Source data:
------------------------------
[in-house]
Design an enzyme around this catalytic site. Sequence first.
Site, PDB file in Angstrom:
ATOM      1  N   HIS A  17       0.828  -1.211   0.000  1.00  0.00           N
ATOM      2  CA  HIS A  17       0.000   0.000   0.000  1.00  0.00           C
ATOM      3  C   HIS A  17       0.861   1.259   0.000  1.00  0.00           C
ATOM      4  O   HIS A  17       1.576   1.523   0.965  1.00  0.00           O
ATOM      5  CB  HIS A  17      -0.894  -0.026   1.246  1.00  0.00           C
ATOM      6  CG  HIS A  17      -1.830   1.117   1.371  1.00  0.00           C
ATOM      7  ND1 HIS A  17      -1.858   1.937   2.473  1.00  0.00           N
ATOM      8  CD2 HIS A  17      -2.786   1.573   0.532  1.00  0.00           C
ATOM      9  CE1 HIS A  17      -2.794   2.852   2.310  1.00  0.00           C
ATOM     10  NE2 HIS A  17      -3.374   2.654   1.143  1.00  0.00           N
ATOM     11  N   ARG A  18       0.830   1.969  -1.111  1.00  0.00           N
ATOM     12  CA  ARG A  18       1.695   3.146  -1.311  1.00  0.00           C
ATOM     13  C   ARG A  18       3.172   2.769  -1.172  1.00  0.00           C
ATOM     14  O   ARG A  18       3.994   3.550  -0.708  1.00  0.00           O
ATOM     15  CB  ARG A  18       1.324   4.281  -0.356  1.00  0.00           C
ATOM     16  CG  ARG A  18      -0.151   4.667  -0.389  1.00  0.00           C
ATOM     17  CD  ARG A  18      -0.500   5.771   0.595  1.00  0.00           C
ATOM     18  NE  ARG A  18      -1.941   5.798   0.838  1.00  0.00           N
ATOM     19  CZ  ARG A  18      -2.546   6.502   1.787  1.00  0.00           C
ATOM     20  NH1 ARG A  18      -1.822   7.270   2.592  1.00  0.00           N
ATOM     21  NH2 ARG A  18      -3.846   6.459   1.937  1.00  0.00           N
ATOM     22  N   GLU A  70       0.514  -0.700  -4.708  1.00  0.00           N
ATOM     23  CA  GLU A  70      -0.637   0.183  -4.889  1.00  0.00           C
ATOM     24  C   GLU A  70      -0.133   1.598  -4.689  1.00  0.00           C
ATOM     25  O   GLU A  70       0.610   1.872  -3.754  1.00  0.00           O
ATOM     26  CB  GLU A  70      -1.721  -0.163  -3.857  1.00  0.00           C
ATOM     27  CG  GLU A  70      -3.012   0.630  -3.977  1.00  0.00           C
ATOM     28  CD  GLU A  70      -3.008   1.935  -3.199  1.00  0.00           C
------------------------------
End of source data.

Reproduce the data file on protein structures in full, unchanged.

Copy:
[in-house]
Design an enzyme around this catalytic site. Sequence first.
Site, PDB file in Angstrom:
ATOM      1  N   HIS A  17       0.828  -1.211   0.000  1.00  0.00           N
ATOM      2  CA  HIS A  17       0.000   0.000   0.000  1.00  0.00           C
ATOM      3  C   HIS A  17       0.861   1.259   0.000  1.00  0.00           C
ATOM      4  O   HIS A  17       1.576   1.523   0.965  1.00  0.00           O
ATOM      5  CB  HIS A  17      -0.894  -0.026   1.246  1.00  0.00           C
ATOM      6  CG  HIS A  17      -1.830   1.117   1.371  1.00  0.00           C
ATOM      7  ND1 HIS A  17      -1.858   1.937   2.473  1.00  0.00           N
ATOM      8  CD2 HIS A  17      -2.786   1.573   0.532  1.00  0.00           C
ATOM      9  CE1 HIS A  17      -2.794   2.852   2.310  1.00  0.00           C
ATOM     10  NE2 HIS A  17      -3.374   2.654   1.143  1.00  0.00           N
ATOM     11  N   ARG A  18       0.830   1.969  -1.111  1.00  0.00           N
ATOM     12  CA  ARG A  18       1.695   3.146  -1.311  1.00  0.00           C
ATOM     13  C   ARG A  18       3.172   2.769  -1.172  1.00  0.00           C
ATOM     14  O   ARG A  18       3.994   3.550  -0.708  1.00  0.00           O
ATOM     15  CB  ARG A  18       1.324   4.281  -0.356  1.00  0.00           C
ATOM     16  CG  ARG A  18      -0.151   4.667  -0.389  1.00  0.00           C
ATOM     17  CD  ARG A  18      -0.500   5.771   0.595  1.00  0.00           C
ATOM     18  NE  ARG A  18      -1.941   5.798   0.838  1.00  0.00           N
ATOM     19  CZ  ARG A  18      -2.546   6.502   1.787  1.00  0.00           C
ATOM     20  NH1 ARG A  18      -1.822   7.270   2.592  1.00  0.00           N
ATOM     21  NH2 ARG A  18      -3.846   6.459   1.937  1.00  0.00           N
ATOM     22  N   GLU A  70       0.514  -0.700  -4.708  1.00  0.00           N
ATOM     23  CA  GLU A  70      -0.637   0.183  -4.889  1.00  0.00           C
ATOM     24  C   GLU A  70      -0.133   1.598  -4.689  1.00  0.00           C
ATOM     25  O   GLU A  70       0.610   1.872  -3.754  1.00  0.00           O
ATOM     26  CB  GLU A  70      -1.721  -0.163  -3.857  1.00  0.00           C
ATOM     27  CG  GLU A  70      -3.012   0.630  -3.977  1.00  0.00           C
ATOM     28  CD  GLU A  70      -3.008   1.935  -3.199  1.00  0.00           C